Has partsPaper 1: Austad, Bjarne; Hetlevik, Irene; Bugten, Vegard; Wennberg, Siri; Olsen, Anita Helene; Helvik, Anne-Sofie. Implementing guidelines for follow-up after surgery with ventilation tube in the tympanic membrane in Norway: a retrospective study. BMC Ear, Nose and Throat Disorders 2013 ;Volum 13.(2) http//dx.doi.org/10.1186/1472-6815-13-2 This article is published under license to BioMed Central Ltd. This is an Open Access article distributed under the terms of the Creative Commons Attribution License (http://creativecommons.org/licenses/by/2.0)
Paper 2: Austad, Bjarne; Hetlevik, Irene; Bugten, Vegard; Wennberg, Siri; Olsen, Anita Helene; Helvik, Anne-Sofie. Can general practitioners do the follow-ups after surgery with ventilation tubes in the tympanic membrane? Two years audiological data. BMC Ear, Nose and Throat Disorders 2014 ;Volum 14.(2) http//dx.doi.org/10.1186/1472-6815-14-2 This article is published under license to BioMed Central Ltd. This is an Open Access article distributed under the terms of the Creative Commons Attribution License (http://creativecommons.org/licenses/by/2.0),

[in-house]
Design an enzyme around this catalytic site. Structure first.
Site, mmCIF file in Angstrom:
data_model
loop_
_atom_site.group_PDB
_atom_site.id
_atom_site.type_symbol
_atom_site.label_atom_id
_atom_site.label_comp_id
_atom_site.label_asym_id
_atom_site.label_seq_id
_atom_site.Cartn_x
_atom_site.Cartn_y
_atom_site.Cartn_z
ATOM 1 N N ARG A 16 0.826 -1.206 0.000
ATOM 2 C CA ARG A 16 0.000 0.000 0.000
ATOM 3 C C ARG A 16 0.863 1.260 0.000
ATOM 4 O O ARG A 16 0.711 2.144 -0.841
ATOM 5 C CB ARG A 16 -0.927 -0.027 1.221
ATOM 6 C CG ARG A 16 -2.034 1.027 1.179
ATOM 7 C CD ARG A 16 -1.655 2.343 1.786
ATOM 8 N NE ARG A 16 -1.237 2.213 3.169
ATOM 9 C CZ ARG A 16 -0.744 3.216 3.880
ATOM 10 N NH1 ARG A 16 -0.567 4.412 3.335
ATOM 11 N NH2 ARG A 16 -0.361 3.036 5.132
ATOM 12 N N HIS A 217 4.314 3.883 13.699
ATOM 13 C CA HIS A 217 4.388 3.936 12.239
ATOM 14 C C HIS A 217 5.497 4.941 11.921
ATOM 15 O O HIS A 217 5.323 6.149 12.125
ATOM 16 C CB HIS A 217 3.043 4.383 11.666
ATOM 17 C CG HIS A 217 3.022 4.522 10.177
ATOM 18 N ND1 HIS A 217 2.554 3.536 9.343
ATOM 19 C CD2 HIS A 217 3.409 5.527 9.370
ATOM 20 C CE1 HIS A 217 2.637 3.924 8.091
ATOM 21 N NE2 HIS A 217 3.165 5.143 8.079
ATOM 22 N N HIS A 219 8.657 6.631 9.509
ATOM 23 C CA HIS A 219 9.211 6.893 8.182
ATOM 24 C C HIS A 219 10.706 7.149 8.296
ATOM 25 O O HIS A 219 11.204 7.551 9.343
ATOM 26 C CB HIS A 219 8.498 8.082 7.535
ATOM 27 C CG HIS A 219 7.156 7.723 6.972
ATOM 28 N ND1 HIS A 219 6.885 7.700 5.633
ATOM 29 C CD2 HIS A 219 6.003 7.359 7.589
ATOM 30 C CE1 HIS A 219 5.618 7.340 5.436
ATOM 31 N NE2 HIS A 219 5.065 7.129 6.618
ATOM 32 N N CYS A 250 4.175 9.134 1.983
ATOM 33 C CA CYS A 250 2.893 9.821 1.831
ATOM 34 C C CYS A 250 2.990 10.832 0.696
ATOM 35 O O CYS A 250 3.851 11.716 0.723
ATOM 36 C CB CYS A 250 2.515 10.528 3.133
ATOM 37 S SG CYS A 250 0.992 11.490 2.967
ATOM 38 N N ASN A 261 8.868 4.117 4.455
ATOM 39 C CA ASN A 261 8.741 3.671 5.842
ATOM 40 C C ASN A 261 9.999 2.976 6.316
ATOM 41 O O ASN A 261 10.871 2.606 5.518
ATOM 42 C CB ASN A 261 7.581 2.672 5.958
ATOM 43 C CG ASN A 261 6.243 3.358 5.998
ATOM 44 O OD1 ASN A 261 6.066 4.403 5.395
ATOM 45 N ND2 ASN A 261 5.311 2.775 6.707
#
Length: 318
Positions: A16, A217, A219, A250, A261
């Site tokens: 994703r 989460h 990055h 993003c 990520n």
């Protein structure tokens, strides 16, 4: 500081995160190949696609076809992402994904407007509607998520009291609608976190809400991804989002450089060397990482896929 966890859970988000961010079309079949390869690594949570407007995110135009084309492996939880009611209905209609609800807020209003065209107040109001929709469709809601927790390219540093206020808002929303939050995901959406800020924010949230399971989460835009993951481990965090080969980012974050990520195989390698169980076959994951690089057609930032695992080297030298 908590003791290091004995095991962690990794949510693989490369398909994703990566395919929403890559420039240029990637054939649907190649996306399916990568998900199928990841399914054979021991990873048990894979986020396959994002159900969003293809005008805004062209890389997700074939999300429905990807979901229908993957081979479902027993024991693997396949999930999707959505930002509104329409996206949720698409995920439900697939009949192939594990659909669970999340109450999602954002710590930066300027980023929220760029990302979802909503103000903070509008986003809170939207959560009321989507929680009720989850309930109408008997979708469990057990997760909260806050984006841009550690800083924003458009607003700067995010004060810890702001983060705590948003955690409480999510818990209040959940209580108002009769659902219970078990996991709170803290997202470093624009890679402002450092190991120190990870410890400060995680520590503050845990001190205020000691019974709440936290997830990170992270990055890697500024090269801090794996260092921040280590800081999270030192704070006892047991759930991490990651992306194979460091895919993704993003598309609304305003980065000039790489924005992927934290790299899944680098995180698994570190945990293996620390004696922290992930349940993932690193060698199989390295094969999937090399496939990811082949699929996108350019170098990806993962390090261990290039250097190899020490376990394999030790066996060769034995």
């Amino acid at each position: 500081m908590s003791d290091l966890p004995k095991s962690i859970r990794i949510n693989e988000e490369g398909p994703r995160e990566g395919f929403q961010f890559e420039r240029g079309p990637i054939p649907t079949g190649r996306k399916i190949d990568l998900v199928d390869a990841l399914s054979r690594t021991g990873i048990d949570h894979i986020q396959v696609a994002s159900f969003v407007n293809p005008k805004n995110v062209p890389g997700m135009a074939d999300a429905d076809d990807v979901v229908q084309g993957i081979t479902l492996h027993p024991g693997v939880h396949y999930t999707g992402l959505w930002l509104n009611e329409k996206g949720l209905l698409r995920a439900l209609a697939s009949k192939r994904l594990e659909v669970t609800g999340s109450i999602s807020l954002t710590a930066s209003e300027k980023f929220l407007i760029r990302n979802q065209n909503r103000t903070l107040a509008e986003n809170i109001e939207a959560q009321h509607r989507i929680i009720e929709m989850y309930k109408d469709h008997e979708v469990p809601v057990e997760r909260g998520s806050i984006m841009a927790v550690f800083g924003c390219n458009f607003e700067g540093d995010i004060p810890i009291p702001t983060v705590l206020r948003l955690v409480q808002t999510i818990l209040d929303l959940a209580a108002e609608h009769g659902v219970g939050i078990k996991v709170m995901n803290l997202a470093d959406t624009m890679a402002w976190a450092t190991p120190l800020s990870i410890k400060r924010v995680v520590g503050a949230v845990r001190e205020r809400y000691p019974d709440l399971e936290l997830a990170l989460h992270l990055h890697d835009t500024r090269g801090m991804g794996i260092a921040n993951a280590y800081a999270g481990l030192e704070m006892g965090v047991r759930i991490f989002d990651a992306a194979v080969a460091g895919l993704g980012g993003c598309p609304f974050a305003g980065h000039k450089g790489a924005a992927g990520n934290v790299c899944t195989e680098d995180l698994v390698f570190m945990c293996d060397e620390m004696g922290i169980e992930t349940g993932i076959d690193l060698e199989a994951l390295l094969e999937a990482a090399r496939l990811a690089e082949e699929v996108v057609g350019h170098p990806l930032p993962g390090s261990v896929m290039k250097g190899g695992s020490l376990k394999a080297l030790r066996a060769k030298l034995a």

Paper 3: Austad, Bjarne; Hetlevik, Irene; Mjølstad, Bente Prytz; Helvik, Anne-Sofie. General practitioners’ experiences with multiple clinical guidelines: A qualitative study from Norway. Quality in Primary Care 2015 ;Volum 23.(2) s. 70-77
Paper 4: Austad, Bjarne; Hetlevik, Irene; Mjølstad, Bente Prytz; Helvik, Anne-Sofie. Applying clinical guidelines in general practice: A qualitative study of potential complications. BMC Family Practice 2016 ;Volum 17.(1) http//dx.doi.org/10.1186/s12875-016-0490-3 This article is distributed under the terms of the Creative Commons Attribution 4.0 International License (http://creativecommons.org/licenses/by/4.0/), The Creative Commons Public Domain Dedication waiver (http://creativecommons.org/publicdomain/zero/1.0/) applies to the data made available in this article, unless otherwise stated.